Dune Medical, which markets a tool that spots residual breast cancer cells following a lumpectomy, has raised $12.3 million. The funds will drive the development of the company’s technology for other types of cancer.
Breast cancer patients may undergo a mastectomy—removal of the whole breast—or a lumpectomy, which only removes the part of the breast containing the tumor. The goal of a lumpectomy is to get rid of the tumor, as well as some of the breast tissue around it. But sometimes, cancerous cells are left behind, which can necessitate a second procedure.
Dune Medical’s MarginProbe uses radiofrequency spectroscopy to identify cancerous tissue in real time. RF spectroscopy spots cancerous tissue by measuring the reflection of electromagnetic fields from the patient’s tissue. Healthy tissue and cancerous tissue have different electrical properties.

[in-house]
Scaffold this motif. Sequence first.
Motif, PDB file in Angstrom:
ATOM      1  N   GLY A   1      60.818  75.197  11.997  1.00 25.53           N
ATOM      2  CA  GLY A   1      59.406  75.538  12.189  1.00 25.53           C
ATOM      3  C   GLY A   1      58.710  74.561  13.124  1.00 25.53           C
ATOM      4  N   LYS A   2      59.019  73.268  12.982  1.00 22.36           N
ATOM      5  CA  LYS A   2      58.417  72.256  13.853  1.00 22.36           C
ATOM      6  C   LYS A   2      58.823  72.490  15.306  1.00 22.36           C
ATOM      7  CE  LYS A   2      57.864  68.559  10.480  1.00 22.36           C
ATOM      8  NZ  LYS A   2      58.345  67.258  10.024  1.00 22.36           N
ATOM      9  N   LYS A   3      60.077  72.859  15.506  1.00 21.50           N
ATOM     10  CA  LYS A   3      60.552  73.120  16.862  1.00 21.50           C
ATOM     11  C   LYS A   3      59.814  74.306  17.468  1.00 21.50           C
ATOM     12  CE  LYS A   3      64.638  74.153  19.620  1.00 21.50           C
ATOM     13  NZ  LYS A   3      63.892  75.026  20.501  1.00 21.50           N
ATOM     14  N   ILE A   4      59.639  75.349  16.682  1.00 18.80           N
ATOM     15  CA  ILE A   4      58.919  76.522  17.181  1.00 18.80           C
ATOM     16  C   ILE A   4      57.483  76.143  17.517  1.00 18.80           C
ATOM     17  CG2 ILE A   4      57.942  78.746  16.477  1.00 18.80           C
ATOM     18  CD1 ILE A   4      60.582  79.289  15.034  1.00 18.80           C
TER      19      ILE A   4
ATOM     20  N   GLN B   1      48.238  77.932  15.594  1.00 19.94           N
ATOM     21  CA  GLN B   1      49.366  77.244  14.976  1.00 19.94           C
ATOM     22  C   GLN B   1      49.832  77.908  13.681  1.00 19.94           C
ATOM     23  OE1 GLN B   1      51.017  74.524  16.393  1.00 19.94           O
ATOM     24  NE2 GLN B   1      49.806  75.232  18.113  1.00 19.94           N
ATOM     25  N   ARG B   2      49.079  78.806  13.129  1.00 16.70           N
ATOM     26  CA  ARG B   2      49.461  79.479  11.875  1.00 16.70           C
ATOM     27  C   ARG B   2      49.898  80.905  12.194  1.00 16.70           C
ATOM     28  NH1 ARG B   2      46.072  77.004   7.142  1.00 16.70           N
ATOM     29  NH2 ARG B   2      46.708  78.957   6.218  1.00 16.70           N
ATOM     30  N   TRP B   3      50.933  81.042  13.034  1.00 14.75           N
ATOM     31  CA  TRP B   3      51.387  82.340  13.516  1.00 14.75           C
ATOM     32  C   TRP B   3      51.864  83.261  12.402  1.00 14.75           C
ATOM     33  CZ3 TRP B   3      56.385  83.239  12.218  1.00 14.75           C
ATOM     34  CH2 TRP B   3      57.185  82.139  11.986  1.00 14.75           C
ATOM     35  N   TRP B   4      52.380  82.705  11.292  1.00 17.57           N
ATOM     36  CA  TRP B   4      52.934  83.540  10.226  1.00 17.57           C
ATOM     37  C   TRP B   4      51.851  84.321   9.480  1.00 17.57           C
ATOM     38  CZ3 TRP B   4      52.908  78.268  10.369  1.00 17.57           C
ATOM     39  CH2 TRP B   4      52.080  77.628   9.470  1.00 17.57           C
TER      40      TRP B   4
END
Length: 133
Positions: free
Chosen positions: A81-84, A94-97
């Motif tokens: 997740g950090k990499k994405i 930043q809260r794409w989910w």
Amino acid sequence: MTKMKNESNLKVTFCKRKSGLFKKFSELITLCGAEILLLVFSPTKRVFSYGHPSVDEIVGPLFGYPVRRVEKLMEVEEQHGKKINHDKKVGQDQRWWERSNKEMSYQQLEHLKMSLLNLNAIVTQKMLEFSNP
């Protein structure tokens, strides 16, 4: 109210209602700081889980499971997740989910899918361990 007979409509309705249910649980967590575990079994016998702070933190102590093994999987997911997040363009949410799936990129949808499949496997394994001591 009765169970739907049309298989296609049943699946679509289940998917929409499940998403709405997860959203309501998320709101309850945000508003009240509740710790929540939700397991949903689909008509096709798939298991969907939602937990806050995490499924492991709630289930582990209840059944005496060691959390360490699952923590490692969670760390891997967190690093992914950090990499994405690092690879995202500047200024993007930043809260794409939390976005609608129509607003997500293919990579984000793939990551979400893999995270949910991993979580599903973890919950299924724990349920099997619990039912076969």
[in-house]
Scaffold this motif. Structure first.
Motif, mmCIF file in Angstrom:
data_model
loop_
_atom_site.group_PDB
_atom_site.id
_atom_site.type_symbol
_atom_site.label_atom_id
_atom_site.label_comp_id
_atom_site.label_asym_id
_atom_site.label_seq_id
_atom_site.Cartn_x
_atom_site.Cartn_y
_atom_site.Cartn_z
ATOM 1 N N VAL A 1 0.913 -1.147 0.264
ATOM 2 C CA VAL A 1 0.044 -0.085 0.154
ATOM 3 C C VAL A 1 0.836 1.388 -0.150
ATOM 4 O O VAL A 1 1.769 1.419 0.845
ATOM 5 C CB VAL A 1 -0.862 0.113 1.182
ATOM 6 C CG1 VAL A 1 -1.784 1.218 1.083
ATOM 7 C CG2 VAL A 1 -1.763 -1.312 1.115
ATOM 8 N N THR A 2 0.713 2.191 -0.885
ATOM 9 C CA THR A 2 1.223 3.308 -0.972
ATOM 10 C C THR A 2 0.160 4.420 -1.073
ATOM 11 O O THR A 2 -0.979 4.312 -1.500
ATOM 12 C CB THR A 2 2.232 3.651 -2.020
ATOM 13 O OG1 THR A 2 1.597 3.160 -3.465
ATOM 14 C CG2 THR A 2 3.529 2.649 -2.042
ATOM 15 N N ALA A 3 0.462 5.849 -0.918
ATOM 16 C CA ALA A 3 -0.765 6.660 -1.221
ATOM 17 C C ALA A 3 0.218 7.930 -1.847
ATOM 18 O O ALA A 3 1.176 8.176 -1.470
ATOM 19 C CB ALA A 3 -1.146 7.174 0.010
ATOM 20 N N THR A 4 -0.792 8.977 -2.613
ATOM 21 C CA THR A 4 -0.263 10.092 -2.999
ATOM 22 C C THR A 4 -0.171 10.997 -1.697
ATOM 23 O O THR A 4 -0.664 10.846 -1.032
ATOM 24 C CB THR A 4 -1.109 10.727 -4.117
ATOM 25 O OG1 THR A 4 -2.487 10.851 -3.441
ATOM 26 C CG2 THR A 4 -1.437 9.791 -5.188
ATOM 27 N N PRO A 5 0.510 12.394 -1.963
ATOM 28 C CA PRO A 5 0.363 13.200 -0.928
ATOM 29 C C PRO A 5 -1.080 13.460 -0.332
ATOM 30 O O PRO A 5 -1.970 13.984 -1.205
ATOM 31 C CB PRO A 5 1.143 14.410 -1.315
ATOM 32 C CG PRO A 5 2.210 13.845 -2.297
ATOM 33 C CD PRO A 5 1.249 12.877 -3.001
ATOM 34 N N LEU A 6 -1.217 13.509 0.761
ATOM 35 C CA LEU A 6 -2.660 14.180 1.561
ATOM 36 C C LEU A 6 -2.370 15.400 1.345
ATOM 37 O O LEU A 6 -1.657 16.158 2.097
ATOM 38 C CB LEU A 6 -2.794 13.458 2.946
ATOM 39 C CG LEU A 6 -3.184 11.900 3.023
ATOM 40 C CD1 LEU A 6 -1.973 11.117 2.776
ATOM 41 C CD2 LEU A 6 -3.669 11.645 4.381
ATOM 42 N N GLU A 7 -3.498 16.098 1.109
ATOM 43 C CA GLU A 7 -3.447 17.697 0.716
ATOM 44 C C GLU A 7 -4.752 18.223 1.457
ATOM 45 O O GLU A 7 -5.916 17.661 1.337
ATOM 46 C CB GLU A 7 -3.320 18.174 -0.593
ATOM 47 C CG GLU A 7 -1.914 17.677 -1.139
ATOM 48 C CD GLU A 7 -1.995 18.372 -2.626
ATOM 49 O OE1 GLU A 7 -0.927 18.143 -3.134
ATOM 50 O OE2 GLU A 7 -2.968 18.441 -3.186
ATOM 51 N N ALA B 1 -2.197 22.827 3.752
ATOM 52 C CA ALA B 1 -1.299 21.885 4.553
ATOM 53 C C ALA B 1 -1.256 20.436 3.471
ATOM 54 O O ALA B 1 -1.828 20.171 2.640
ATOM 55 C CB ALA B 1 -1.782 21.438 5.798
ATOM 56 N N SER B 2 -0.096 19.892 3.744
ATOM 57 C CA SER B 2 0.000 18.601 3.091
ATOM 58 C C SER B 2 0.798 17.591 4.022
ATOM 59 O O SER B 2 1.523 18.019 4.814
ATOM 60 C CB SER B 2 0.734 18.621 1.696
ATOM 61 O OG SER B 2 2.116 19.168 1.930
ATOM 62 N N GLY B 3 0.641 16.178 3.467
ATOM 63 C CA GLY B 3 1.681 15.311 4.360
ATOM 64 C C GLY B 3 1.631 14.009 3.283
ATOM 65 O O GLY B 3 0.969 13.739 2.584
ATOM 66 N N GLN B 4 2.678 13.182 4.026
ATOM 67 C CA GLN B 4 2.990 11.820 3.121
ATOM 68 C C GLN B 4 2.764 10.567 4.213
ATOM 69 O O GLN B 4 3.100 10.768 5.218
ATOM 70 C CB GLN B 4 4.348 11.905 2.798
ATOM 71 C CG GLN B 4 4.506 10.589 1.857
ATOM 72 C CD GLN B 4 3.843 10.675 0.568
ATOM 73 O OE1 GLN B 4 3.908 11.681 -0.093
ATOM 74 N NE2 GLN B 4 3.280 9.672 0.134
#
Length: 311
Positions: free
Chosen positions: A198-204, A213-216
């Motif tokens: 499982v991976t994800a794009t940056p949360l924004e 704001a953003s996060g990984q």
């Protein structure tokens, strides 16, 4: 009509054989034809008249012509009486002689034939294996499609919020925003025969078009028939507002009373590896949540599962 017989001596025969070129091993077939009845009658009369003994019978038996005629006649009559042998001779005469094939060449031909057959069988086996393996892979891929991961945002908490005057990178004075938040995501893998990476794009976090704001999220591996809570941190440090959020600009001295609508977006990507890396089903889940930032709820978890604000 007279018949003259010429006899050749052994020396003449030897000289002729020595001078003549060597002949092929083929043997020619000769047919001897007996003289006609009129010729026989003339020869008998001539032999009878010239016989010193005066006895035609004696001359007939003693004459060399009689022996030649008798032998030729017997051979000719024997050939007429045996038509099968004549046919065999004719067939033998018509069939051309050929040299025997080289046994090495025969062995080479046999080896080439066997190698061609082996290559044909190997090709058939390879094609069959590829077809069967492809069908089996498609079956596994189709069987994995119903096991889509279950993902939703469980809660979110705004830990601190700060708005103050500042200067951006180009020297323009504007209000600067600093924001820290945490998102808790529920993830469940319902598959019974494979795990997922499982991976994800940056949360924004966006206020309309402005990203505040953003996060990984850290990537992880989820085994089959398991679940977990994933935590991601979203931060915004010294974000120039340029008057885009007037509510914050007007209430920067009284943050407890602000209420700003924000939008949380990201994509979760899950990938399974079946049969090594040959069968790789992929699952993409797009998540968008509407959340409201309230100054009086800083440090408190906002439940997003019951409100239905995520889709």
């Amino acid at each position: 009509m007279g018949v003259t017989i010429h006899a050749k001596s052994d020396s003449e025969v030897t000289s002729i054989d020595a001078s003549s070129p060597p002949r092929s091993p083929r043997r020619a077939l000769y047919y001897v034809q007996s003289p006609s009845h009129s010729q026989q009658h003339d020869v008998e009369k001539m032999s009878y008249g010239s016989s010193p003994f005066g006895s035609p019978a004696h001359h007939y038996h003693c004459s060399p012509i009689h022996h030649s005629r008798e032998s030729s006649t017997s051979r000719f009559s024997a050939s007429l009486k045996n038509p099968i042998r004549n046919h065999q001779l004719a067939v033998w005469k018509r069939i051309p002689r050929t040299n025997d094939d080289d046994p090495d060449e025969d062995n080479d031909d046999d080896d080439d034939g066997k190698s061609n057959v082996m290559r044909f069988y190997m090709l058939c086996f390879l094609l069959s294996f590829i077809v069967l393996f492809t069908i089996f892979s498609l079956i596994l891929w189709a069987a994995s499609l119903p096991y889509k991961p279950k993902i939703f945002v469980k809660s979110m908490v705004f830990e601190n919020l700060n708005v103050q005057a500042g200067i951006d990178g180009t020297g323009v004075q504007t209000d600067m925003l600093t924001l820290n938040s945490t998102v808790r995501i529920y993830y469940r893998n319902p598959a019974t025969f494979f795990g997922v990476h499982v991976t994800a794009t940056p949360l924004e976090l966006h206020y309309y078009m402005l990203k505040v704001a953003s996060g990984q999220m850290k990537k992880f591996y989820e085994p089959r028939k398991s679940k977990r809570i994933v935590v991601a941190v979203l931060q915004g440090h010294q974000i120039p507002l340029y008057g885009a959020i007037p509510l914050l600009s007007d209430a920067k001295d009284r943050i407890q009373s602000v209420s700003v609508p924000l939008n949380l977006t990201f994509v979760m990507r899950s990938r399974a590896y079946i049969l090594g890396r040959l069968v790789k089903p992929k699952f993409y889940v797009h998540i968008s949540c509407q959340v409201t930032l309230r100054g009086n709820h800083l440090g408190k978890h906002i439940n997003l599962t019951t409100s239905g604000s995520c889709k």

MarginProbe is used during a lumpectomy procedure. If it turns up residual cancer cells, the surgeon may then remove more tissue while the patient is still under anesthesia.
Dune Medical is looking to apply its RF spectroscopy platform to other cancer types, including prostate, colon, lung and pancreatic cancers. The company scored a European Commission Horizon 2020 grant last summer to develop a “smart biopsy system” based on its RF spectroscopy tech.
“[The biopsy system] will provide radiologists and surgeons immediate graphic characterizations of tissue abnormalities along the tip of the biopsy needle, just before samples are taken,” said Dune Medical CEO Dan Hashimshony at the time. “This real-time insight can help reduce the time to a definite diagnosis and repeated biopsies.”